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Dish Network still reeling from week-old ransomware attack

“We are experiencing a system issue that our teams are working hard to resolve,” said a message on Dish’s main page.
A Dish Network Corp. field service specialist during an installation of a satellite television system at a residence in Paramount, Calif., on Nov. 3, 2015.
A Dish Network Corp. field service specialist during an installation of a satellite television system at a residence in Paramount, Calif., on Nov. 3, 2015.Patrick T. Fallon / Bloomberg via Getty Images
/ Source: The Associated Press

BOSTON — The TV provider Dish Network continued to recover Wednesday from a ransomware attack last week that it said disrupted operations, internet sites and call centers. It said unspecified data was stolen and it was investigating whether that included the personal information of customers.

“We are experiencing a system issue that our teams are working hard to resolve,” said a message on Dish’s main page. A separate notice to customers said many were “having trouble reaching our service desks, accessing their accounts, and making payments.” Dish TV was up and running, it added.

As with many victims of ransomware, Dish did not immediately acknowledge the outage’s cause when announcing it on a Feb. 23 earnings call. Instead, it did so in a filing with the Securities and Exchange Commission on Tuesday.

The Colorado-based company’s stock price has fallen 20% since it first reported the incident.

Dish did not respond to detailed questions about the ransomware attack including which criminal group was behind it, how much ransom was demanded and whether the company paid. Nor did it say how long the attackers were inside its network.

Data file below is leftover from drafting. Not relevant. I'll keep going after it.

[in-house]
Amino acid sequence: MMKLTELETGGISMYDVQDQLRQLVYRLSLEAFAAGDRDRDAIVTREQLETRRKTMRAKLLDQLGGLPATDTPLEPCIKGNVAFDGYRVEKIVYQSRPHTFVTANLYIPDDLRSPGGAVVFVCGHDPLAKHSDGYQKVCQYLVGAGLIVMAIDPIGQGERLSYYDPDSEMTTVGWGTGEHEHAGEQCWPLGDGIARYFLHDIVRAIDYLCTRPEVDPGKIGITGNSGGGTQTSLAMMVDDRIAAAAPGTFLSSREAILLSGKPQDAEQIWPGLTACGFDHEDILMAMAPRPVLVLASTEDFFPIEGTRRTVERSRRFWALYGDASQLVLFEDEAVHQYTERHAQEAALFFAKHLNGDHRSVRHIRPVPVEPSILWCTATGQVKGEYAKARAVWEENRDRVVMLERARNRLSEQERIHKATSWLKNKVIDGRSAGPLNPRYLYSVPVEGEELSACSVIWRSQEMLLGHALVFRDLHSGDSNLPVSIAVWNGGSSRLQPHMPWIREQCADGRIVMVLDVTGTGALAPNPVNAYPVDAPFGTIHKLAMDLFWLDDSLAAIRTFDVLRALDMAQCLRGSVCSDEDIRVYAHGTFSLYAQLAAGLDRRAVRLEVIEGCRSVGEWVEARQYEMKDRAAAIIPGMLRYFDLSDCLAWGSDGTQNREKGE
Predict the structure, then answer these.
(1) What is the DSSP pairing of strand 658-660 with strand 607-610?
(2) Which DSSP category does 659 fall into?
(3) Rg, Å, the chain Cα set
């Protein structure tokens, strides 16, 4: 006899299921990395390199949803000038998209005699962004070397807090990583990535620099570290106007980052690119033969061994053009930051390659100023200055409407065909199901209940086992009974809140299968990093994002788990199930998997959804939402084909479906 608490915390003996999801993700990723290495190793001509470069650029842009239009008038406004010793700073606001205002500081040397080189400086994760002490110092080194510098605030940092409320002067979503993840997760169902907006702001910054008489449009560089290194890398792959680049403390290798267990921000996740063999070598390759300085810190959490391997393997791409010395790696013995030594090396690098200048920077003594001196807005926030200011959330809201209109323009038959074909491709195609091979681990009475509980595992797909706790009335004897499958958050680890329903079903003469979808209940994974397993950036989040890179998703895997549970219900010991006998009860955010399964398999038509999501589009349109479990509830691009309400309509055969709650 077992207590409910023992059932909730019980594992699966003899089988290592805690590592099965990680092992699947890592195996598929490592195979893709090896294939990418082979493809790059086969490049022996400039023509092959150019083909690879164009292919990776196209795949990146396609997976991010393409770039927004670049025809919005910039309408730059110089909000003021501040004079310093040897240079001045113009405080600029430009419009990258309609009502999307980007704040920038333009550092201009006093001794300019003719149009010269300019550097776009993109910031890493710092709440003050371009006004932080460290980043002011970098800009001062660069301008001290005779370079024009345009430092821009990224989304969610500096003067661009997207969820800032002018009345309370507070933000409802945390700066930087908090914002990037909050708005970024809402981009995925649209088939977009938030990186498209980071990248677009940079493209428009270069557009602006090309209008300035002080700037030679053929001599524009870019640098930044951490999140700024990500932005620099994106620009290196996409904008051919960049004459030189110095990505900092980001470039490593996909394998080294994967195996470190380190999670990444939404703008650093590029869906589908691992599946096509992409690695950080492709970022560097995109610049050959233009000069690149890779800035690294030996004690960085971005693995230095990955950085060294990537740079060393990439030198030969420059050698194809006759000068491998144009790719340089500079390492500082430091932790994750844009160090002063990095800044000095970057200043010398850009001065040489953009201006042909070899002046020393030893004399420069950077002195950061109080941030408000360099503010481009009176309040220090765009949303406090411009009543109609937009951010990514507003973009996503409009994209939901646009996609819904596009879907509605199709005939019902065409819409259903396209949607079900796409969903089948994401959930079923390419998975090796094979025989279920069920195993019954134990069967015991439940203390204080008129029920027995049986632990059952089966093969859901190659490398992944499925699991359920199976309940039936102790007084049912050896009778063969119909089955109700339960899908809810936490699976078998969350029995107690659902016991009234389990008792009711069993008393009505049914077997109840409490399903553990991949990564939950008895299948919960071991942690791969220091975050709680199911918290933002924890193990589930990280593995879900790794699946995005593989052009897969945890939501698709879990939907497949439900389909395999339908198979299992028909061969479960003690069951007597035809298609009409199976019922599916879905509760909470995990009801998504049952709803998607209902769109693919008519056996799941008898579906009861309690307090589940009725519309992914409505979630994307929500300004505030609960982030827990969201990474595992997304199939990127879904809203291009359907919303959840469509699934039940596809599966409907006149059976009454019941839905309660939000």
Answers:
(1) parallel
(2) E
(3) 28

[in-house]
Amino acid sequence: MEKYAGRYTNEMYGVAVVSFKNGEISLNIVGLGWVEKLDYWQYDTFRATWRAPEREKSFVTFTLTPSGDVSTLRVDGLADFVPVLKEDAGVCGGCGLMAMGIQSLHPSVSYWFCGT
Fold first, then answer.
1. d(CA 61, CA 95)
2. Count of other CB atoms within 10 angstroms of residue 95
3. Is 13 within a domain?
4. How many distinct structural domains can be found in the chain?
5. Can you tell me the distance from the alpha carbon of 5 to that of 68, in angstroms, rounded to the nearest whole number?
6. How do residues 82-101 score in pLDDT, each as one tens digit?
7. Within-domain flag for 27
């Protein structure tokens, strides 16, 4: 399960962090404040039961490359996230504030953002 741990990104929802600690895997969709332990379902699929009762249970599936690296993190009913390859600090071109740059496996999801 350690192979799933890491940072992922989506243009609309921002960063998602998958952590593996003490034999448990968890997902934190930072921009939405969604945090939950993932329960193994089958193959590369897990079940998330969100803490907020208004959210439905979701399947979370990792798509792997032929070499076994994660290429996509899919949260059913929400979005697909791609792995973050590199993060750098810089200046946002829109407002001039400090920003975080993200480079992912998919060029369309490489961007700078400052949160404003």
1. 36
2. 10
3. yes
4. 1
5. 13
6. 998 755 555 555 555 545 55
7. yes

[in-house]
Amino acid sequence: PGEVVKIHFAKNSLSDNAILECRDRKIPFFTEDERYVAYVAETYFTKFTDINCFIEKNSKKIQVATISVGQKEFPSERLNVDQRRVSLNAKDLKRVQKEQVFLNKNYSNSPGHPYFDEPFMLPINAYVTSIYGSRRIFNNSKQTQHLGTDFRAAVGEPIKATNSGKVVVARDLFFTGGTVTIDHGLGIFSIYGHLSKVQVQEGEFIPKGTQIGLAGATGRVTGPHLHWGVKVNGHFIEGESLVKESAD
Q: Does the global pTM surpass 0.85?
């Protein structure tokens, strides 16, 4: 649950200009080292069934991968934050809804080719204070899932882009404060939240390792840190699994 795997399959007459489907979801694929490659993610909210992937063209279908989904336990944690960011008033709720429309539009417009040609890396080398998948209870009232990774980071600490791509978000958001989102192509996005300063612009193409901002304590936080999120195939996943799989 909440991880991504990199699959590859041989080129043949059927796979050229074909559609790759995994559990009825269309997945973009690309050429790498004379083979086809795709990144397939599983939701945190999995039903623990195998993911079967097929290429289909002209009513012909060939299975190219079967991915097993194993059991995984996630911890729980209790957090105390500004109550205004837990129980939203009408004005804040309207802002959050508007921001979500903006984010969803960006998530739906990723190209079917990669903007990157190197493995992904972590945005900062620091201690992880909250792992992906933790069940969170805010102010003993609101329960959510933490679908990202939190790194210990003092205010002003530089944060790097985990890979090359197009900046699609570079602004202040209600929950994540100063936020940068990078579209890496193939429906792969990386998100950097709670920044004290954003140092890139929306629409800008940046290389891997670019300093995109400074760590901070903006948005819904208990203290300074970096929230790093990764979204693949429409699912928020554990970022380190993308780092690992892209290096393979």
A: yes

Ransomware gangs, which largely operate out of Russia, break into networks and sow malicious code. Before the criminals activate the ransomware, which paralyzes infected machines by encrypting data, they steal files. That increases their chances of obtaining extortion payments and helps explain why ransomware has become the leading global cybersecurity headache.

In an email Wednesday responding to questions from The Associated Press, Dish did not say when it expected to fully recover.

Instead, it sent the notice it had posted online, which said it discovered Monday that some data had been stolen. “It’s possible the investigation will reveal that the extracted data includes personal information.”

“The security of our customers’ data is important to us, and if we learn that information was compromised, we’ll take the appropriate steps and let any impacted customers know,” the notice added.

As of Dec. 31, Dish said it had 7.4 million satellite TV subscribers with 9.7 million PAY-TV and 2.3 million Sling TV subscribers. It also reported 8 million wireless subscribers.